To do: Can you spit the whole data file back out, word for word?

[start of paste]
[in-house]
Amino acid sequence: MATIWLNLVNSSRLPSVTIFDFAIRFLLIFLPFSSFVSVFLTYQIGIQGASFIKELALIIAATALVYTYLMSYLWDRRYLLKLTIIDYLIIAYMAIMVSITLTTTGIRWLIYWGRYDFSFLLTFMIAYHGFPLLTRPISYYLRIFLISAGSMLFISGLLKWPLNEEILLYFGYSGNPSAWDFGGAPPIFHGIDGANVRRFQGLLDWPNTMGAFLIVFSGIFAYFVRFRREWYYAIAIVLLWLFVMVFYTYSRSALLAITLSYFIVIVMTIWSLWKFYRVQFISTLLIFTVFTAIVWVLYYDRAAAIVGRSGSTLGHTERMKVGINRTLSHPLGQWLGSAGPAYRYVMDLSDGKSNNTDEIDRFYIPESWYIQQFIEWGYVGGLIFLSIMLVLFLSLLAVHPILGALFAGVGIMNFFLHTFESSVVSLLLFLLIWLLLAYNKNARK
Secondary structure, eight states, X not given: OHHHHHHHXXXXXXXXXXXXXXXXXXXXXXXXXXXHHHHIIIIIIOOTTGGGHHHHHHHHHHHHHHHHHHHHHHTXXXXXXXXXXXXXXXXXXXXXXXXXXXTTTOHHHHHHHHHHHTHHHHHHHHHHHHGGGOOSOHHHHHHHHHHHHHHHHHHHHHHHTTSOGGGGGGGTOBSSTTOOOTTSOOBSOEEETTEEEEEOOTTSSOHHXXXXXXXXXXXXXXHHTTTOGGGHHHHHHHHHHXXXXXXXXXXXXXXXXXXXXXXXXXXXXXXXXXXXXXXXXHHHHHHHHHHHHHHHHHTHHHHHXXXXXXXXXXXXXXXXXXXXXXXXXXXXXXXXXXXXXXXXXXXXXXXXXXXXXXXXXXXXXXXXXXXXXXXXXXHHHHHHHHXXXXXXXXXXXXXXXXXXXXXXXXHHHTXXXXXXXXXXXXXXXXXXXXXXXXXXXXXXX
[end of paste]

[in-house]
Amino acid sequence: MATIWLNLVNSSRLPSVTIFDFAIRFLLIFLPFSSFVSVFLTYQIGIQGASFIKELALIIAATALVYTYLMSYLWDRRYLLKLTIIDYLIIAYMAIMVSITLTTTGIRWLIYWGRYDFSFLLTFMIAYHGFPLLTRPISYYLRIFLISAGSMLFISGLLKWPLNEEILLYFGYSGNPSAWDFGGAPPIFHGIDGANVRRFQGLLDWPNTMGAFLIVFSGIFAYFVRFRREWYYAIAIVLLWLFVMVFYTYSRSALLAITLSYFIVIVMTIWSLWKFYRVQFISTLLIFTVFTAIVWVLYYDRAAAIVGRSGSTLGHTERMKVGINRTLSHPLGQWLGSAGPAYRYVMDLSDGKSNNTDEIDRFYIPESWYIQQFIEWGYVGGLIFLSIMLVLFLSLLAVHPILGALFAGVGIMNFFLHTFESSVVSLLLFLLIWLLLAYNKNARK
Secondary structure, eight states, X not given: OHHHHHHHXXXXXXXXXXXXXXXXXXXXXXXXXXXHHHHIIIIIIOOTTGGGHHHHHHHHHHHHHHHHHHHHHHTXXXXXXXXXXXXXXXXXXXXXXXXXXXTTTOHHHHHHHHHHHTHHHHHHHHHHHHGGGOOSOHHHHHHHHHHHHHHHHHHHHHHHTTSOGGGGGGGTOBSSTTOOOTTSOOBSOEEETTEEEEEOOTTSSOHHXXXXXXXXXXXXXXHHTTTOGGGHHHHHHHHHHXXXXXXXXXXXXXXXXXXXXXXXXXXXXXXXXXXXXXXXXHHHHHHHHHHHHHHHHHTHHHHHXXXXXXXXXXXXXXXXXXXXXXXXXXXXXXXXXXXXXXXXXXXXXXXXXXXXXXXXXXXXXXXXXXXXXXXXXXHHHHHHHHXXXXXXXXXXXXXXXXXXXXXXXXHHHTXXXXXXXXXXXXXXXXXXXXXXXXXXXXXXX